For the definition of simplewave see Ref. 25.
Fig. 4
i.1*
0 8
06
 0 2
•
0 ^EXPERIMENT
v j
HOLDEN(28)
— — — PREDICTIONS^ ^{u} ^{8}
Laminar hypersonic flow near the sharp leading edge of a flat
plate: a) flow geometry; b) wall pressure distribution for experiment
of Ref. 27; c) wall pressure distribution; d) wall heattransfer
distribution for experiment of Ref. 28.
constaint did not introduce significant errors, computations
with different 
locations of the outflow boundary were per 
formed. 
III. Validation of the Procedure
A. Inviscid Flows
For the purpose of testing the accuracy of the finite
difference scheme, predictions have been made of three supersonic inviscid flows having analytical solutions; they were: the flow over a flat plate inclined to the mainstream direction', the merging of two inviscid streams of differing Mach numbers and pressures, and the reflection of a shock at a wall. Representative results for only the last of these will be reported here a fuller discussion may be found in Ref. 26. Figure 3 shows the prediction, in the vincinity of the shock
impingement location, of the wall pressure distribution for
five grid meshes compared with the analytic variation. The
results show that the refinement of dx considerably improves
the resolution of the shock wave. The results also show that
when dx is coarse, the refinement of dy does not necessarily
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_{1}_{8}_{6}
R.I. ISSA ANDF.C . LOCKWOOD
_{A}_{I}_{A}_{A} _{J}_{O}_{U}_{R}_{N}_{A}_{L}
EXPERIMENT
(30)
xlNCHES
Fig. 5
pressure; c) heattransfer distributions.
Laminar flow shock reflection: a) flow geometry; b) wall
affect the solution. It is evident that the resolution of the
shock is controlled not only by the number of grid nodes in
both directions, but also by the ratio by/bx.
It was apparent from the tests performed, not all of which
are shown here, that there is usually an optimum value of
by/bx below which the refinement of by does not improve the
results. This phenomenon can be explained (with reference to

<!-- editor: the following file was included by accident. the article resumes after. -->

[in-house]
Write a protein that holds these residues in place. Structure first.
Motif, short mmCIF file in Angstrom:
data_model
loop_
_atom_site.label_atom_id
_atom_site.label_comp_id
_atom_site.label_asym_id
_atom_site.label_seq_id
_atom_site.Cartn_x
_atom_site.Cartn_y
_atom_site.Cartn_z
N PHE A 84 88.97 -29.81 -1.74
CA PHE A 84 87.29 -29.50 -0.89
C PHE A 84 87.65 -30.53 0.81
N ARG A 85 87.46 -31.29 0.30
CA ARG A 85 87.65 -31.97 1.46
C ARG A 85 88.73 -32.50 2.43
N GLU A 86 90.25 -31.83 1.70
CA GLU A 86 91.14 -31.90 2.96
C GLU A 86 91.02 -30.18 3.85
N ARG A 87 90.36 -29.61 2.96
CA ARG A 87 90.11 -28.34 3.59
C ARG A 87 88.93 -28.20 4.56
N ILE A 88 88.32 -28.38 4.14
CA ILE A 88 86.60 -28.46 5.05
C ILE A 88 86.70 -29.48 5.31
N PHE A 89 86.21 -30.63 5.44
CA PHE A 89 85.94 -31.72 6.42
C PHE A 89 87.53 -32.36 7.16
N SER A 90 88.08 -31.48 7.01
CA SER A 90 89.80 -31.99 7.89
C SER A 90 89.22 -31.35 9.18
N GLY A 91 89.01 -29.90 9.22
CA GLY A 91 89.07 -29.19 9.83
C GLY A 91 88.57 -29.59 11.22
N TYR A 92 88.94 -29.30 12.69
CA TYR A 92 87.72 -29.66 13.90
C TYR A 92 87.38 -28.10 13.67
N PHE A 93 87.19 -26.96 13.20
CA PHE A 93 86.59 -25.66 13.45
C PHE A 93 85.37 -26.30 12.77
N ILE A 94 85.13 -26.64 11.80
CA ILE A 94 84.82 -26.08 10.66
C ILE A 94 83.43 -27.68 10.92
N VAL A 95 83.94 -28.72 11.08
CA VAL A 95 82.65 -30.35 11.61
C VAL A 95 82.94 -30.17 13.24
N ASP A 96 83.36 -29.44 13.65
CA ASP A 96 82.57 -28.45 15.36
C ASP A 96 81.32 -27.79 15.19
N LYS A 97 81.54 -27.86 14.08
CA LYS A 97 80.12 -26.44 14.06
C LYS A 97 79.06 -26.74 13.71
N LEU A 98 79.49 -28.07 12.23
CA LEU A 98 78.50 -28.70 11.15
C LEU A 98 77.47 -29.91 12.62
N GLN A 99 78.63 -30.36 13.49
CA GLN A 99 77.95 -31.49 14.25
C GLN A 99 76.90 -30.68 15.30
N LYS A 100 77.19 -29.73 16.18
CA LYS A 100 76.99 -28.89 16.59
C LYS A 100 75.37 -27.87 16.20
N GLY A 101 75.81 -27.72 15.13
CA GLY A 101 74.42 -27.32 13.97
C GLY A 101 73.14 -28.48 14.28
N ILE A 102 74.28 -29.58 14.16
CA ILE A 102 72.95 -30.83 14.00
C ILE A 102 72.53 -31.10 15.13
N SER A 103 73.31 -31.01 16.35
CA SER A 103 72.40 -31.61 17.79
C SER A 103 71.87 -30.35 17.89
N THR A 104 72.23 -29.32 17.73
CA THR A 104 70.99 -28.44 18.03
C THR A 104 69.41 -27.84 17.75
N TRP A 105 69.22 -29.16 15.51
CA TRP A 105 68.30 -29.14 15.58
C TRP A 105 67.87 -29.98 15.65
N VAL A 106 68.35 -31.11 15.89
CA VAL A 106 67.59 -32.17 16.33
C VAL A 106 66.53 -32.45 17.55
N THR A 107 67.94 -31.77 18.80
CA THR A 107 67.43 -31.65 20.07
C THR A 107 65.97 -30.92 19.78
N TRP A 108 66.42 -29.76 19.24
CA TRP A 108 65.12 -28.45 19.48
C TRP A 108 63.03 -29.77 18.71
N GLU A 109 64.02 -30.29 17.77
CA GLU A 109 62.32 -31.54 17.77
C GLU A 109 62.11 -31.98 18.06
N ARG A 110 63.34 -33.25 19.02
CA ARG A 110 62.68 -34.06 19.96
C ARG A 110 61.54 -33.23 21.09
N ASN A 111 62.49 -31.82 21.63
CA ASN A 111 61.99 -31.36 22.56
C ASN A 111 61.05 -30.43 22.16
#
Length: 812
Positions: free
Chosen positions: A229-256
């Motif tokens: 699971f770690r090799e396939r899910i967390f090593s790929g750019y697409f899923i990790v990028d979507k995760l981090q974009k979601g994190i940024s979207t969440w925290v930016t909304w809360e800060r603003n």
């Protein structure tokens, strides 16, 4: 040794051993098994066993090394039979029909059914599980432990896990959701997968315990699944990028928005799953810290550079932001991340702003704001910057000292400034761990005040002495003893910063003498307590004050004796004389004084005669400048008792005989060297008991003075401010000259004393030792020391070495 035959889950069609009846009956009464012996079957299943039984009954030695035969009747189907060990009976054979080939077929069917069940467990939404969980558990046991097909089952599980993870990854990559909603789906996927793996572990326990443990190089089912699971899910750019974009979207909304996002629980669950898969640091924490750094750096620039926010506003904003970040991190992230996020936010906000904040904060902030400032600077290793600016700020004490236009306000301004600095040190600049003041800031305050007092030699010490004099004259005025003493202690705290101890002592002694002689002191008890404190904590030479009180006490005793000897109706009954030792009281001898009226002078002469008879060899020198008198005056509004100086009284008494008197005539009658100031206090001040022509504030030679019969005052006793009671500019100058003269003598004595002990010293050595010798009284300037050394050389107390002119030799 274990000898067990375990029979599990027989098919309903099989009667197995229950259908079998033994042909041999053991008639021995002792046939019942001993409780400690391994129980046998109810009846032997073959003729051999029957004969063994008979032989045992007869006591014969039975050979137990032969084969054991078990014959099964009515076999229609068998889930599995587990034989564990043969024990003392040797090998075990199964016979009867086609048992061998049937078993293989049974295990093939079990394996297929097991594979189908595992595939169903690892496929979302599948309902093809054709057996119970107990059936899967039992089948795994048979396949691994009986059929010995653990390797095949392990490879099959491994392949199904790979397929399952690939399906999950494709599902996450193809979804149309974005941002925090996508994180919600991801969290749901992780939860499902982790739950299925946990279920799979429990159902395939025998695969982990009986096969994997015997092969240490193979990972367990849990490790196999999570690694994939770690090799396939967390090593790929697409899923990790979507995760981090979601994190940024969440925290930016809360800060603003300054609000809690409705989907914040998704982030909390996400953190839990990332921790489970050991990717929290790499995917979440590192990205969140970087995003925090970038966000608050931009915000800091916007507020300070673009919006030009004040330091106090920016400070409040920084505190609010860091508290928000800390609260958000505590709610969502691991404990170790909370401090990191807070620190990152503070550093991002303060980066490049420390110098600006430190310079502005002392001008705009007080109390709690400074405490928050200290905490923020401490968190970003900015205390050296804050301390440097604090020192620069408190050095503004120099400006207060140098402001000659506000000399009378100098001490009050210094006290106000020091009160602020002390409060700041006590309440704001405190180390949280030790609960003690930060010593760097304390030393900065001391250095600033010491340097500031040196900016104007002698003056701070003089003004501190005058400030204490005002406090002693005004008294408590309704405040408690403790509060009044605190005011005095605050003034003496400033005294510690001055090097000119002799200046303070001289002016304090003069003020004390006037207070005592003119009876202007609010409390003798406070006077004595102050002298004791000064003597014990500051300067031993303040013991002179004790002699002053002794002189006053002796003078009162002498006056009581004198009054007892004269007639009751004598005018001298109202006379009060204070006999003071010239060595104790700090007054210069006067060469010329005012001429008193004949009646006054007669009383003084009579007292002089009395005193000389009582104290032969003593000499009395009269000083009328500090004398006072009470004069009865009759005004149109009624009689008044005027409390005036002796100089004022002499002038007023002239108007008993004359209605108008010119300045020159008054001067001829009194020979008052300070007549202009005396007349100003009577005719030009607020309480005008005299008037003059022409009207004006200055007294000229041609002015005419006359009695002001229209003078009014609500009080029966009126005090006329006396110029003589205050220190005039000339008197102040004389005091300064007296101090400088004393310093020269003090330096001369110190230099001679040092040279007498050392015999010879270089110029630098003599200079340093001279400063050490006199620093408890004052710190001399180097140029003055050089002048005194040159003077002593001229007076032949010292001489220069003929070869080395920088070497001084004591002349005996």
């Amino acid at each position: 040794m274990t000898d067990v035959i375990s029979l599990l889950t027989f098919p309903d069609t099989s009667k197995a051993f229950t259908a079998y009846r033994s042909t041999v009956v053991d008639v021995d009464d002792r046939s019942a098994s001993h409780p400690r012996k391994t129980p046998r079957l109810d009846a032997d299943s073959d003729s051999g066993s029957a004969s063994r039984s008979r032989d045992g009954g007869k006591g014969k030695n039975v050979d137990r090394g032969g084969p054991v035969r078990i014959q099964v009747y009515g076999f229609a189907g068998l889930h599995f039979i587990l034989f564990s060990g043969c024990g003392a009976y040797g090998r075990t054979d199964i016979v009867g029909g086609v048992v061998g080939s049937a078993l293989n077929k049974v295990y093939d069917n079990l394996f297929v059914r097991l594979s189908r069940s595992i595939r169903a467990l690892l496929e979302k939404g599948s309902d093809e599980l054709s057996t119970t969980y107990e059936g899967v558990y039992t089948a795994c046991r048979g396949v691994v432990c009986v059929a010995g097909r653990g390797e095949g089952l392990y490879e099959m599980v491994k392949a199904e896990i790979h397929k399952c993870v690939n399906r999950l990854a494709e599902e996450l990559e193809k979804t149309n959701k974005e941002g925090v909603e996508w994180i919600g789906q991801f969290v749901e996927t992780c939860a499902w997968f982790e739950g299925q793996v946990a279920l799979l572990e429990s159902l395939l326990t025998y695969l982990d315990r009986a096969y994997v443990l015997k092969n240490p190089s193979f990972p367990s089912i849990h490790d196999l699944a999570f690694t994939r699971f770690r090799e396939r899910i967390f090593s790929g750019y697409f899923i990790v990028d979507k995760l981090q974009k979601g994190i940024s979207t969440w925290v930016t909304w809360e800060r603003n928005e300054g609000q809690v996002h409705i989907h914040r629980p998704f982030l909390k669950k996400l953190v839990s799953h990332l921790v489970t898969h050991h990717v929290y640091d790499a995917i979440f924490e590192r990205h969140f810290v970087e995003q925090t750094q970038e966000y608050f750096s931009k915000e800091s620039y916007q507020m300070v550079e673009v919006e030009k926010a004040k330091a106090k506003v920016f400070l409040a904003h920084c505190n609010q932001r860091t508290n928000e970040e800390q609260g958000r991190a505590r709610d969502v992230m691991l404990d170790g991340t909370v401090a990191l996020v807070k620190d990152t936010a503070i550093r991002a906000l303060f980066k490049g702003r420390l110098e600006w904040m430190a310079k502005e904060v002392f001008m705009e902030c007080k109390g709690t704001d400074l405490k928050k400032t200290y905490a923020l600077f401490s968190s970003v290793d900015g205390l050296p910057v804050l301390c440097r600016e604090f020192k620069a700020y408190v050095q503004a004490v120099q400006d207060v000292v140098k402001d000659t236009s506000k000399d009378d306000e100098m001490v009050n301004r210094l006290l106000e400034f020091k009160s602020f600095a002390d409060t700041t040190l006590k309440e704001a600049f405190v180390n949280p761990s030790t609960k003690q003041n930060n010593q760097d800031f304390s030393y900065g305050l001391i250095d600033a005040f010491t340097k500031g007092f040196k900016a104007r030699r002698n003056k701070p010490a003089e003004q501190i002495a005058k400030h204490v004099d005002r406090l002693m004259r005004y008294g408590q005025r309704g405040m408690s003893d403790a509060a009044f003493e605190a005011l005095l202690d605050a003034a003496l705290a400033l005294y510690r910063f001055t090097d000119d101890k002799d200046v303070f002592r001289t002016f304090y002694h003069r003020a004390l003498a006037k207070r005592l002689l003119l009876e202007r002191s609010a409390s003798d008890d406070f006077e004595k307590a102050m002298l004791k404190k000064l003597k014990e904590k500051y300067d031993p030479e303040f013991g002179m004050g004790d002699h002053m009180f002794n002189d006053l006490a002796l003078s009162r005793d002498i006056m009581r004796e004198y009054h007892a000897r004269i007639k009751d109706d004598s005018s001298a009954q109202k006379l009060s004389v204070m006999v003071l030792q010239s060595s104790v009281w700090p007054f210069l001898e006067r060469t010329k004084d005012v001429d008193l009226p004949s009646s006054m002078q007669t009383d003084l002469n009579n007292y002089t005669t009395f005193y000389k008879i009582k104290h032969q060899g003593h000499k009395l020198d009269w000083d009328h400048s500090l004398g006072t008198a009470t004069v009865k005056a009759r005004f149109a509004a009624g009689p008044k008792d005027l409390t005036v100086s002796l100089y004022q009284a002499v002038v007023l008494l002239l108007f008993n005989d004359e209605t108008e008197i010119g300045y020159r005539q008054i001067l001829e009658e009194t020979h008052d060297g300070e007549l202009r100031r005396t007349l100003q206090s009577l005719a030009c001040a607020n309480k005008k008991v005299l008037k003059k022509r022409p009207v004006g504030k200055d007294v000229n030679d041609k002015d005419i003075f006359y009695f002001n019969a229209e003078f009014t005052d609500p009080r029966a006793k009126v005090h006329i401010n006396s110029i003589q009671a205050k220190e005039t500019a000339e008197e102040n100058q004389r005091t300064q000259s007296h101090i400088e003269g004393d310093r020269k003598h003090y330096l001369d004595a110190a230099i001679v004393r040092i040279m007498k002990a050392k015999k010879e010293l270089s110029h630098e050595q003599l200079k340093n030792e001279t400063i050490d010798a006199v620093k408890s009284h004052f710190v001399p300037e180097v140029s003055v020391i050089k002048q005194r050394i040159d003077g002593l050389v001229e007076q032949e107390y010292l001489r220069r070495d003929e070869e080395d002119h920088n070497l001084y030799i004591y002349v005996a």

Fig. 2) by the fact that if bx> by, then the zone of influence for every grid node becomes larger than by. This implies that the
grid node is now influenced by its lateral neighbors much
more than by the one immediately upstream of it, hence the
weaker resolution. The optimum value of by/bx clearly
depends on the local Mach number. For the problems we have
examined, values as low as unity have been used to obtain the
results presented here.
B. Viscous Flows
L Laminar Hypersonic Flow Over the Sharp Leading Edge of a Flat Plate
The flow geometry is depicted in panel a) of Fig. 4. The initial sudden deceleration of the flow at the sharp leading
edge gives rise to a leading shock which turns the flow away
from the wall. Slightly downstream of the leading edge a
boundary layer develops turning the flow gradually towards
the wall and giving rise to a continuous expansion. Panel b) of Fig. 4 shows the computed wall pressure
distribution for the experimental situation of Bertram.
Predictions for a selection of four grid meshes from the many
that were tried are shown. The larger number of nodes are
distributed in the jcdirection in each case; the 100x20 mesh
gives results which agree well with the data. The remarks
concerning the grid distribution made in Sec. IIIA in con nection with inviscid flows also apply here.
Predictions of the surface pressure and heattransfer distributions are compared with the data of Holden ^{2}^{8} in
panels c) and d) of Fig. 4. The data shown are for various
freestream Mach and Reynolds numbers. The abscissa
quantity was chosen by Holden to correlate all of these data due to scatter; it is not possible to say whether it is entirely
successful in so doing. The present predictions were per formed using a 100x20 mesh for the indicated two com binations of Mach and Reynolds numbers. The pressure
obtained using a parabolic
predictions reported by Smith,
procedure, are also shown in panel c).
27
29